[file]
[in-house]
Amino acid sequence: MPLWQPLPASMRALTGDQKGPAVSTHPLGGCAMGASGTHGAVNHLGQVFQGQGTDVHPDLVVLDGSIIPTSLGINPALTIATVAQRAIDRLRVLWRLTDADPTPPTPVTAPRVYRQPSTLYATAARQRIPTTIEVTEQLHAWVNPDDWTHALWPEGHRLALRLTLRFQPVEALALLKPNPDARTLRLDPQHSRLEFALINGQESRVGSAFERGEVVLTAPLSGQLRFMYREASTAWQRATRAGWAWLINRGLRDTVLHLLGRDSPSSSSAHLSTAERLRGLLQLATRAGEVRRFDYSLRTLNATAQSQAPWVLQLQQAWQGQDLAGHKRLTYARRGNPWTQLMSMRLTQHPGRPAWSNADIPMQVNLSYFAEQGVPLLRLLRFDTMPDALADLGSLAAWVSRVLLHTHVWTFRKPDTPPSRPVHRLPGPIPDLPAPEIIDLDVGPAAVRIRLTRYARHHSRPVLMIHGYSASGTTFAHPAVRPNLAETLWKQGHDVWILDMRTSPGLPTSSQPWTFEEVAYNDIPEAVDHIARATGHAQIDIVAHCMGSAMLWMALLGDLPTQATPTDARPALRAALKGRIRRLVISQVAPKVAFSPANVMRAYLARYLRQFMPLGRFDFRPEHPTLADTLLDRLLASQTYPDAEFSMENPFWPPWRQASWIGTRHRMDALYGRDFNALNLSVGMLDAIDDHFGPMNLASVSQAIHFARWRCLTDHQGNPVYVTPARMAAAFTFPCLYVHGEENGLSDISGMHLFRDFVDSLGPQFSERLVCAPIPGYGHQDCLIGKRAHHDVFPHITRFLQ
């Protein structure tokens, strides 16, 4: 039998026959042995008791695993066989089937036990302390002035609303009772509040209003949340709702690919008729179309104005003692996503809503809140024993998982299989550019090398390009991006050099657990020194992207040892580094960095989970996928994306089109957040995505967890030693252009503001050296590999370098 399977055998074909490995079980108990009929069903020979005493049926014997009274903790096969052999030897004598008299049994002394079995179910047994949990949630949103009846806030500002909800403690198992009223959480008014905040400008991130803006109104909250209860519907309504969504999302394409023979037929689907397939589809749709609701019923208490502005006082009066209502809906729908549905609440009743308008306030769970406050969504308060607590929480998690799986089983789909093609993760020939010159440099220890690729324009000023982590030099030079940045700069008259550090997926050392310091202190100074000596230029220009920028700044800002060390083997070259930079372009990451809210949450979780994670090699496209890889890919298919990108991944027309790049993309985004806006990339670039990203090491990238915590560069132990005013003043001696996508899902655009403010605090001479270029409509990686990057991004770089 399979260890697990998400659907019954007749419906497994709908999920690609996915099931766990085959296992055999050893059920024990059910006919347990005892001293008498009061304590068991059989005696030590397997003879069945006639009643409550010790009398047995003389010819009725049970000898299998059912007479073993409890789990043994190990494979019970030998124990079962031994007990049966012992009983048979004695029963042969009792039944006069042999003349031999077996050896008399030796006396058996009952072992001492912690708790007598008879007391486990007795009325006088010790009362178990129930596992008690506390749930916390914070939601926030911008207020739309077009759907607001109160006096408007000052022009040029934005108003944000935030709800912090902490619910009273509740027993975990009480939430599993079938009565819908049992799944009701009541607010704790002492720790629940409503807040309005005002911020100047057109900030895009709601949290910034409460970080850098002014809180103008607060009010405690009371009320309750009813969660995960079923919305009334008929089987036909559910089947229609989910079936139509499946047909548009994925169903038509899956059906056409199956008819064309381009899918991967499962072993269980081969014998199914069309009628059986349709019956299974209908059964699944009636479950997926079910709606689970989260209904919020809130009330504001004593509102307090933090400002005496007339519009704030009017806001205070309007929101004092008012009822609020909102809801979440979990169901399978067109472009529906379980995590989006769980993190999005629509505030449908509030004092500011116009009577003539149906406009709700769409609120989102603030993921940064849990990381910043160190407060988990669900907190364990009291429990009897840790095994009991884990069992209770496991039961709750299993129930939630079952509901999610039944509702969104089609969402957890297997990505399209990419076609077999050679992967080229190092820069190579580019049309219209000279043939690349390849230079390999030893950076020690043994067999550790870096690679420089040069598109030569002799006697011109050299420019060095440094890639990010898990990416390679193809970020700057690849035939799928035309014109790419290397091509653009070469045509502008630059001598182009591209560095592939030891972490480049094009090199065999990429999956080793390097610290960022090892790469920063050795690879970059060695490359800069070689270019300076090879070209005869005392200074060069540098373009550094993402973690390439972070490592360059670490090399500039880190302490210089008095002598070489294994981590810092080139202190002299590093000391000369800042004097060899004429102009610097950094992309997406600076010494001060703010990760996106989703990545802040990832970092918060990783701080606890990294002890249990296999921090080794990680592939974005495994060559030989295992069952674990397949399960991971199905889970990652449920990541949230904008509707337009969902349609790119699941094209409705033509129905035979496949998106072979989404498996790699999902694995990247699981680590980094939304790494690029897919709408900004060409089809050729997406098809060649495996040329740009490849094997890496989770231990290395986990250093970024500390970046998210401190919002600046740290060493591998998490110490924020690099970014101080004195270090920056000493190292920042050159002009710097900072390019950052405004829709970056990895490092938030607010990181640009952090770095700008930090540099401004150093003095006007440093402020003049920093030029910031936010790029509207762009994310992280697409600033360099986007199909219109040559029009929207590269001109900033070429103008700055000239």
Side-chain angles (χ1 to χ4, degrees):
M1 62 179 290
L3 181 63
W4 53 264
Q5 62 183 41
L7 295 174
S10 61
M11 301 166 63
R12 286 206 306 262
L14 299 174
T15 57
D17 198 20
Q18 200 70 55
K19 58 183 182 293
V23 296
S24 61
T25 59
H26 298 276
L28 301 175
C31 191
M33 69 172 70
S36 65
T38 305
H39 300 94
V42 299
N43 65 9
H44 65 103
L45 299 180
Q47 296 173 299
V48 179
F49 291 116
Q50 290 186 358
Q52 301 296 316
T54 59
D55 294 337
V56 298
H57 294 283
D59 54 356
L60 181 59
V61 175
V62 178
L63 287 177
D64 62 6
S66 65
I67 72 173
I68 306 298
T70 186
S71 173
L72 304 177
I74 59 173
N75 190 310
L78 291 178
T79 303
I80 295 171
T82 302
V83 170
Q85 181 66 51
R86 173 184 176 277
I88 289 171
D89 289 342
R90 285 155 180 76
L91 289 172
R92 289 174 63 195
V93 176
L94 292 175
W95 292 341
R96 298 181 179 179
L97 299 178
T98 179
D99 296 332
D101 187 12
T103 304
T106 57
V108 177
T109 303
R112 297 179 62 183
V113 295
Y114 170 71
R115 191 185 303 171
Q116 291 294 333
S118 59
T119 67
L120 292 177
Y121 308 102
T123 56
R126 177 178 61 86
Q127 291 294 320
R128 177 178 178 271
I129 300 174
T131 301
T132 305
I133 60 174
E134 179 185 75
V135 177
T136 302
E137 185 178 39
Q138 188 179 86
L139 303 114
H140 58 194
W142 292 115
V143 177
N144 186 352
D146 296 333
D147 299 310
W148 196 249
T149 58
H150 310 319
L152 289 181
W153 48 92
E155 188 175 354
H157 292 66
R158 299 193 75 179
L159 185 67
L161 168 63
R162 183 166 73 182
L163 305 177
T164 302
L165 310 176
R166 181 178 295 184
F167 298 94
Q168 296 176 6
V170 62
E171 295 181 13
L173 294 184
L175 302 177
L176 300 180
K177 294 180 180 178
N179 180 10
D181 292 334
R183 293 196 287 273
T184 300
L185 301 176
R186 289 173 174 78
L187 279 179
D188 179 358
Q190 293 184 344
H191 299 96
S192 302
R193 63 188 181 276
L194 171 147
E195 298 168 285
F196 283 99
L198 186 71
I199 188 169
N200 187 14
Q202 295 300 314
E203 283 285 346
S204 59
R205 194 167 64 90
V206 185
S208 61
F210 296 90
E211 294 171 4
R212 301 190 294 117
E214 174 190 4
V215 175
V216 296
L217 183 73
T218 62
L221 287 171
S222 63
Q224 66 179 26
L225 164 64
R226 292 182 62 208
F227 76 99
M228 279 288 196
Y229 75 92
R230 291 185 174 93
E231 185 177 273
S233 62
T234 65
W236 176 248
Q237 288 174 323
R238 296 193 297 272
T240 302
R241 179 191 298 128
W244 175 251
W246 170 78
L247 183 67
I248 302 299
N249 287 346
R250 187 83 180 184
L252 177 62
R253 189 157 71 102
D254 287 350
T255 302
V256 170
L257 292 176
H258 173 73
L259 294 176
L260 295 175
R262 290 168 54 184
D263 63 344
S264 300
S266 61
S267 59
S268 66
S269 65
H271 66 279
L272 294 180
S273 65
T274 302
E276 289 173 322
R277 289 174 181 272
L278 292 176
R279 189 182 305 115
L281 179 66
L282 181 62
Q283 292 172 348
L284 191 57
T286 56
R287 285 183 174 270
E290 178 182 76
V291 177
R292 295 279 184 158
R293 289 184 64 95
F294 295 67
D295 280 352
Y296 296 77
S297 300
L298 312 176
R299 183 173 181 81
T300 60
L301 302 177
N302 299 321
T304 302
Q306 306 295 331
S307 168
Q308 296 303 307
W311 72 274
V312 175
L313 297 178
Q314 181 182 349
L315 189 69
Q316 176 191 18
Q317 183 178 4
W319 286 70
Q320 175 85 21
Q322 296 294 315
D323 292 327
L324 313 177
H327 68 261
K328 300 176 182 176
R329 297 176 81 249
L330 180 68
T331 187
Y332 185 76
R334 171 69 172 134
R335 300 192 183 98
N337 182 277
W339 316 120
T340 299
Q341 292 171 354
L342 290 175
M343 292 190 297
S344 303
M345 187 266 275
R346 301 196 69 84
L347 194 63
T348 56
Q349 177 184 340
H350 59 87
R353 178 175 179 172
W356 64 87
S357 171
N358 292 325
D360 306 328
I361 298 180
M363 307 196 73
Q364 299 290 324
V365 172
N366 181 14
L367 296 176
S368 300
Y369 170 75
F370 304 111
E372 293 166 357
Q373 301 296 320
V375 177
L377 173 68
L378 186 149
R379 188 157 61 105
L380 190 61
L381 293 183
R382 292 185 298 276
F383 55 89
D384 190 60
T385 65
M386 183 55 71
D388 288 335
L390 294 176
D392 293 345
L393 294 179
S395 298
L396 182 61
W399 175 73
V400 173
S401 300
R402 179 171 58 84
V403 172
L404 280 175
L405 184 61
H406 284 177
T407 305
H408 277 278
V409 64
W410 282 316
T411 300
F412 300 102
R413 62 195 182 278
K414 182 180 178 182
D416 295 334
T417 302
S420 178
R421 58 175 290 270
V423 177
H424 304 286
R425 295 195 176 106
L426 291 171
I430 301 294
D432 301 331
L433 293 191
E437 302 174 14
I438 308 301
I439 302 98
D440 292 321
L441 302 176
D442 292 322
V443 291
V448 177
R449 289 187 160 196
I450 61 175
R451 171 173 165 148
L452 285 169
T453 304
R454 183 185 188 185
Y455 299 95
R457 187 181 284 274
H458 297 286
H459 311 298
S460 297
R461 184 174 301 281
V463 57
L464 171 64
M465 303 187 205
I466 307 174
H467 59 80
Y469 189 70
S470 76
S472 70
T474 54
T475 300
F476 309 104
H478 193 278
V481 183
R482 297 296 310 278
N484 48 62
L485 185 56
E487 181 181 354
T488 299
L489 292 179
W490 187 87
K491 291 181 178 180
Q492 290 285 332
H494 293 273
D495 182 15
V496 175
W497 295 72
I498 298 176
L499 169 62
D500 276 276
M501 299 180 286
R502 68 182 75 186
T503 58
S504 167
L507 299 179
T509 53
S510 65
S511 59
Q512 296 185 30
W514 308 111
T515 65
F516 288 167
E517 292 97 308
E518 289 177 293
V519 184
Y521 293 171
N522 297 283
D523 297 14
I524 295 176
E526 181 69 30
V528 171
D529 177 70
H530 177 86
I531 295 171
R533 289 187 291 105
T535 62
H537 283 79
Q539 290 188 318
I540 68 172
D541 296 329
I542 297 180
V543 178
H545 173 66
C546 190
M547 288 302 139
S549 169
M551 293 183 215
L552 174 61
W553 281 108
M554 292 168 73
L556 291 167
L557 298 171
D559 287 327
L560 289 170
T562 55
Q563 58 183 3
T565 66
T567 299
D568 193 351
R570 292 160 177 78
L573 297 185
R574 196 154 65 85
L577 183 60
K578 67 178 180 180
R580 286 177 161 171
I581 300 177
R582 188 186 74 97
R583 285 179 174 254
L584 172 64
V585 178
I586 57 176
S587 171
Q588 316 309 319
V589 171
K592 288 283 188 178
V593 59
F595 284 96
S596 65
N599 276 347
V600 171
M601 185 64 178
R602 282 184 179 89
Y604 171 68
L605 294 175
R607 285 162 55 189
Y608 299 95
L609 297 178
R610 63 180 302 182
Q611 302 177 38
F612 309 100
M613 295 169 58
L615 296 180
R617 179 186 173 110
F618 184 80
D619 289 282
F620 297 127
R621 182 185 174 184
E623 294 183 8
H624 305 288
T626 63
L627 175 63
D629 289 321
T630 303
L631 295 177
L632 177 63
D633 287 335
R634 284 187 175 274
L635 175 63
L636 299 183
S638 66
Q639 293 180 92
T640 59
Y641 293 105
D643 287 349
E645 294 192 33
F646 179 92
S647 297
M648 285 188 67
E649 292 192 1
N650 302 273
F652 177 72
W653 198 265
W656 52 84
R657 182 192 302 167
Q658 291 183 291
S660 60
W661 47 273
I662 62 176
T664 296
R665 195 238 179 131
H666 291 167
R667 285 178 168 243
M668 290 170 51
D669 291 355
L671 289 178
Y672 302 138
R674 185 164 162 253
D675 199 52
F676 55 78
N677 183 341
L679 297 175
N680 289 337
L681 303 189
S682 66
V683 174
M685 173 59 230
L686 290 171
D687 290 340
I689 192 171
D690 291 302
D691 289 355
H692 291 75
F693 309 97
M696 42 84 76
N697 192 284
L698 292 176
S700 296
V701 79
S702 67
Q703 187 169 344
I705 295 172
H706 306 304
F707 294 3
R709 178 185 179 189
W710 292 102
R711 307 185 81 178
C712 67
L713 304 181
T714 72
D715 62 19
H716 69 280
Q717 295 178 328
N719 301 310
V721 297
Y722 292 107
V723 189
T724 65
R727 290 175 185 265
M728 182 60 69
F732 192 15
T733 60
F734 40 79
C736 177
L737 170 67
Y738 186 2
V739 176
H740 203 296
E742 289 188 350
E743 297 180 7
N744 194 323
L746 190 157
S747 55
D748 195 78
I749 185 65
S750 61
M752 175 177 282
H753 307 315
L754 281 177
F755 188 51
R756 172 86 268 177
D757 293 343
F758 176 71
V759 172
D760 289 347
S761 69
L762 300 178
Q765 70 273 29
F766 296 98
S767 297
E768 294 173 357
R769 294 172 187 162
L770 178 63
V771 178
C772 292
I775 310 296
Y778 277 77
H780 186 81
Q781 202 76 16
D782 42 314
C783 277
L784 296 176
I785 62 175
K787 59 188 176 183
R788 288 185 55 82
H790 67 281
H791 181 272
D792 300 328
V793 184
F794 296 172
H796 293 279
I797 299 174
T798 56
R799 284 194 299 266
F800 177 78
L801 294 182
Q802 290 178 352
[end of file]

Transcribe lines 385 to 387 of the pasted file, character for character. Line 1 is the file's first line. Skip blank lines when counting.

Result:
T515 65
F516 288 167
E517 292 97 308